So often during pregnancy women are asked about morning sickness, gestational diabetes, prenatal vitamins, and their birth plan. However, not enough time is dedicated to mental health.  Yet, postpartum depression is the #1 medical complication of childbirth; it can occur anytime in pregnancy or first year postpartum.

“Postpartum Depression” is most often used, but it is an umbrella term for the following:
Depression, Anxiety, Postpartum Panic Disorder, Obsessive Compulsive Disorder, Post Traumatic Stress Disorder, Psychosis and Perinatal Bipolar Disorder.

While these are all disorders that can affect anyone in their lifetime they are more prevalent in pregnancy and postpartum.

It is estimated that 1 in 7 women will experience serious depression or anxiety during pregnancy or postpartum.

This is different from the 80% of new mothers who experience normal baby blues which lasts no more than 2 days to 2 weeks.

How do you know when to get help?

If you experience:

sadness, depression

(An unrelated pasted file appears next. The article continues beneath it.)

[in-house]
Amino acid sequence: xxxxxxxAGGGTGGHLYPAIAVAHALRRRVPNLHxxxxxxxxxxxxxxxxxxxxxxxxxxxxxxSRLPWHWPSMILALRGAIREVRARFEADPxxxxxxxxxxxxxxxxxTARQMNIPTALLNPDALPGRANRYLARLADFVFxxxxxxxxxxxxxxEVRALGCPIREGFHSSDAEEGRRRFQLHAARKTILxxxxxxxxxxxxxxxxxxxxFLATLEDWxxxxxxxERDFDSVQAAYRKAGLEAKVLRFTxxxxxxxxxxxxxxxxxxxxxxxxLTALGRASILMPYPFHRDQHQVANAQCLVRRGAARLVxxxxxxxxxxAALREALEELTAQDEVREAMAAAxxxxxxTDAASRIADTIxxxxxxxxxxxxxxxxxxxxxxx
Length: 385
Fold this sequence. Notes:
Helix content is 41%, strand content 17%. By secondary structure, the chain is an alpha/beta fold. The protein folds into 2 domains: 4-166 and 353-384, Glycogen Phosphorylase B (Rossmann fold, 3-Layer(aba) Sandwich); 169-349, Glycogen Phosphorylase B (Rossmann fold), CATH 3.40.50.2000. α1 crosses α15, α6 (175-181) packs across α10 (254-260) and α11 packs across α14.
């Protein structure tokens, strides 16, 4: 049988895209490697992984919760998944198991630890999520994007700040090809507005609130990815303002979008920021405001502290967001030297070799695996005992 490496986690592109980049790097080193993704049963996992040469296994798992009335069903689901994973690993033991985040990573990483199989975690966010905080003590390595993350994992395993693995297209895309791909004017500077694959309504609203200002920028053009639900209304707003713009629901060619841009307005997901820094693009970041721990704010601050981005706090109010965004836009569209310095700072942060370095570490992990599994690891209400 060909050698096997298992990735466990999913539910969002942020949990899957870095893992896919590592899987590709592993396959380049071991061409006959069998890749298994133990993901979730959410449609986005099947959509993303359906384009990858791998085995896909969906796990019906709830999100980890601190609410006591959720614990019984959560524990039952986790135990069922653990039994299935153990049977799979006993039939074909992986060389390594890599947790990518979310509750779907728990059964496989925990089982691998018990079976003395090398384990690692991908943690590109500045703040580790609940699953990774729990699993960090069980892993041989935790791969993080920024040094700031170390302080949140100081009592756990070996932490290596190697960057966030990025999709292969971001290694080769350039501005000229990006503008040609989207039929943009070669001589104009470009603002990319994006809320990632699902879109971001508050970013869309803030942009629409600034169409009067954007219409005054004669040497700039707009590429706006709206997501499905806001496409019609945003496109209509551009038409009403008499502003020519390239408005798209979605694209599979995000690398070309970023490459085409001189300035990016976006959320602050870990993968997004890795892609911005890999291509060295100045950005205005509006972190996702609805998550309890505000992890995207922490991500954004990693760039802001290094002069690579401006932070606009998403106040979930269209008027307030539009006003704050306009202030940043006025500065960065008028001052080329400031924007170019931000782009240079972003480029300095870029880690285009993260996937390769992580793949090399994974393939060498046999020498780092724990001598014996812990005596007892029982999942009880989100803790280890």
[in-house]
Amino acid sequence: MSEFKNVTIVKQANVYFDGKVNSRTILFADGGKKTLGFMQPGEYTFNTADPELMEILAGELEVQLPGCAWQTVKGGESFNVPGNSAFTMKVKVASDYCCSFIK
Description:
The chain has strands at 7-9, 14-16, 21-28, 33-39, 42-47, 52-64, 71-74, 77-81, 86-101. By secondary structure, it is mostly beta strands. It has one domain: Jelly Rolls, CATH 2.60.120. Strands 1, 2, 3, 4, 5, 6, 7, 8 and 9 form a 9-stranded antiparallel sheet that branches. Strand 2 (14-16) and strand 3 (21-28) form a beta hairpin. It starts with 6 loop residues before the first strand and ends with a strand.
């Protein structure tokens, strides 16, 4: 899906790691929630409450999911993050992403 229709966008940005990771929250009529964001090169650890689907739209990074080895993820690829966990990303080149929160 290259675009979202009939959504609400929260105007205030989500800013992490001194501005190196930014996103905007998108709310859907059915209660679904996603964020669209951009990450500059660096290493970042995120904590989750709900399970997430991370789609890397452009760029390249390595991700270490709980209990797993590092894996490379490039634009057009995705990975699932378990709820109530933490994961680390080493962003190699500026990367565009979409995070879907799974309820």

anxiety, panic
feeling totally overwhelmed
feeling guilty, regretful, hopeless, ashamed
difficulty bonding with your baby
feeling irritable or angry with those around changes in appetite and sleep
upsetting thoughts you can’t get out of your mind
feeling as if you’re out of control
feeling like you should never have become a mother
worry you might hurt the baby or yourself

You do not have to do this alone.  Make your appointment today 786.704.8544


​​4770 BISCAYNE BLVD., SUITE 780, MIAMI, FL 33137                                                                          786.704.8544

Licensed clinical psychologist

Worried that you are not the kind of mother you thought you would be?

Feel like you lost yourself in the process of becoming a mom?

Doubting your abilities as a mom?

Afraid to tell your family and friends how you really feel?  

For many, motherhood does not always come naturally let alone easily. Whether it is difficulty conceiving, ambivalence during pregnancy, relationship difficulties, experiencing loss of former self, or navigating new roles and responsibilities, motherhood poses its own set of challenges.